'It's their turn' — former GOP House Speaker John Boehner says Democrats are having their own tea party-like moment

  • The Democratic lurch way left is much like the disruption Republicans felt about decade ago with the rise of the tea party, says John Boehner.
  • The former House speaker says he has no idea who might face President Trump in 2020, but feels it's "pretty obvious" that it will be "someone that's very far left."
  • Such a move would be "out of step" with voters and increase the chances of Trump being re-elected, argues Boehner.
John Boehner
David Paul Morris | Bloomberg | Getty Images
John Boehner

The Democratic Party's lurch to the left is much like the disruption Republicans felt about decade ago with the rise of the tea party on the far right, former House Speaker John Boehner told CNBC on Friday.

"It's their turn in the barrel," said Boehner, a Republican who had served for 24 years as a congressman from Ohio. "What Democrats are going through in 2016 and 2018, with the progressive movement, Republicans went through in 2010 and 2012 with the tea party movement."

The austerity-minded tea party, aimed at reducing the size of government, started after CNBC commentator Rick Santelli went on a tirade in February 2009, criticizing then-President Barack Obama's mortgage bailout plan. The rant came about a month before the financial crisis bottom in the stock market.

The staunchly conservative wing of the Republican Party, which has basically shed the tea party moniker but remains powerful to this day, targeted the more moderate Boehner in the months leading up to his abrupt resignation from Congress in 2015. He said at the time, "Prolonged leadership turmoil would do irreparable damage to the institution."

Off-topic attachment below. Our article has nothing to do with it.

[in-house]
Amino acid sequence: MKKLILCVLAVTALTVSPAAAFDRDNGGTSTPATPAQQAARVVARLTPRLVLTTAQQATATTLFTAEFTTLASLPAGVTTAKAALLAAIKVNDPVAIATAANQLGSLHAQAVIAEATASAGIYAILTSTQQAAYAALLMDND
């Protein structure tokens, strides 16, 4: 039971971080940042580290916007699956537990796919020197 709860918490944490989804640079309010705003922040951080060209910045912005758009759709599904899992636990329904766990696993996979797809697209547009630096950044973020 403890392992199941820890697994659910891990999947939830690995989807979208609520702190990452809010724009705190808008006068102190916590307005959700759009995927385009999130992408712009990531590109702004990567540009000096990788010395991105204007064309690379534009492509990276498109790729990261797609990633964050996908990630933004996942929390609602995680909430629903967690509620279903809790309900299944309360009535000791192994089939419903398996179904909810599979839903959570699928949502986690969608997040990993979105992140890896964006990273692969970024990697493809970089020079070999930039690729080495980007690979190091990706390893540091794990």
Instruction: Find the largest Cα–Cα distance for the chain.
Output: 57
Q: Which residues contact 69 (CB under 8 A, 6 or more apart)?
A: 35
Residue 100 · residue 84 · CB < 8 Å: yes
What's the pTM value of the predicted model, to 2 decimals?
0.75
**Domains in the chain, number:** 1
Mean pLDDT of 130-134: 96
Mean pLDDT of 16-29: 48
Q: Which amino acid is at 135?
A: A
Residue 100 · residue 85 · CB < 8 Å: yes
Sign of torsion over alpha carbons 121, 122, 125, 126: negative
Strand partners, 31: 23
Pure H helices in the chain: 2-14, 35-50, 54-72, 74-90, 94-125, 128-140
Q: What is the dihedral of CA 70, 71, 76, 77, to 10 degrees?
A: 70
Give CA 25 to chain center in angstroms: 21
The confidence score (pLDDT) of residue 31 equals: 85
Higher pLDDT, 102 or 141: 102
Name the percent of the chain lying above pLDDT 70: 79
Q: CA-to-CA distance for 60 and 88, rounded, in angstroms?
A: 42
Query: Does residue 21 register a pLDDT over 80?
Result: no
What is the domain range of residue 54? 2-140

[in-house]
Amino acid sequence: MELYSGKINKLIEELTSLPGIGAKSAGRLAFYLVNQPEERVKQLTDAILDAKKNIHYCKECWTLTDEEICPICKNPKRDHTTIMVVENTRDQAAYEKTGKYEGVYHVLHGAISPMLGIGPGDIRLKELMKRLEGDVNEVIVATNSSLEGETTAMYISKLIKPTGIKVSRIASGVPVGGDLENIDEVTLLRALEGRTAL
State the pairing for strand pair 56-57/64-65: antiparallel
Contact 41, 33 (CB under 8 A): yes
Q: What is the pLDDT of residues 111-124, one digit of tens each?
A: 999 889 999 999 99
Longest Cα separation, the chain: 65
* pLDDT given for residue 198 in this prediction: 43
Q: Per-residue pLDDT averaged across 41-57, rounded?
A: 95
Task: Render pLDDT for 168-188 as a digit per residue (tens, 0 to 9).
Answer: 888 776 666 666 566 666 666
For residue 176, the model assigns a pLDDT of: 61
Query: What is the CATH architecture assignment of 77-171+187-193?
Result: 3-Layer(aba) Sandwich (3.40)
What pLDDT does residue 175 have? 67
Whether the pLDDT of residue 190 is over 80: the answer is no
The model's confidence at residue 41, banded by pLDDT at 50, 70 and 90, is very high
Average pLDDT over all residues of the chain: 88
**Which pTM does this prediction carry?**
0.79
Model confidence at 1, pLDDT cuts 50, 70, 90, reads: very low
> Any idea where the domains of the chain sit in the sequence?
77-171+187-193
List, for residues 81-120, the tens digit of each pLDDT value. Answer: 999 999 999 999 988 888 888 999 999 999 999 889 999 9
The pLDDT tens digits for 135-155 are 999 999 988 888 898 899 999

In Friday's "Squawk on the Street" interview, Boehner said he would not hazard a guess as to which candidate would win the 2020 Democratic nomination. But he did say, "It looks pretty obvious that it's going to be someone that I would describe as on a more progress side."

Vermont Sen. Bernie Sanders, a self-described democratic socialist, is widely seen as the inspiration of the current progressive movement. In 2016, he fired up the grassroots of the Democratic Party before ultimately losing the party's presidential nomination to Hillary Clinton. However, the excitement around Sanders disciples, like New York freshman Rep. Alexandria Ocasio-Cortez, helped flip the House Democrat in the 2018 midterm election.

Sanders last month announced he's running for president again, joining another champion of the left, Massachusetts Sen. Elizabeth Warren, and a host of current and former lawmakers and others seeking the Democratic nomination.

"My guess is they'll nominate someone that's very far left, and in my view out of step with where the American people want to go. And thereby increasing the chances of Donald Trump being re-elected, assuming that he runs," said Boehner.

There has been speculation here and there about Trump's commitment to seeking a second term. But the president has given every indication that he's running for re-election, a campaign that got officially underway with a Federal Election Commission filing on the day he was inaugurated in January 2017.

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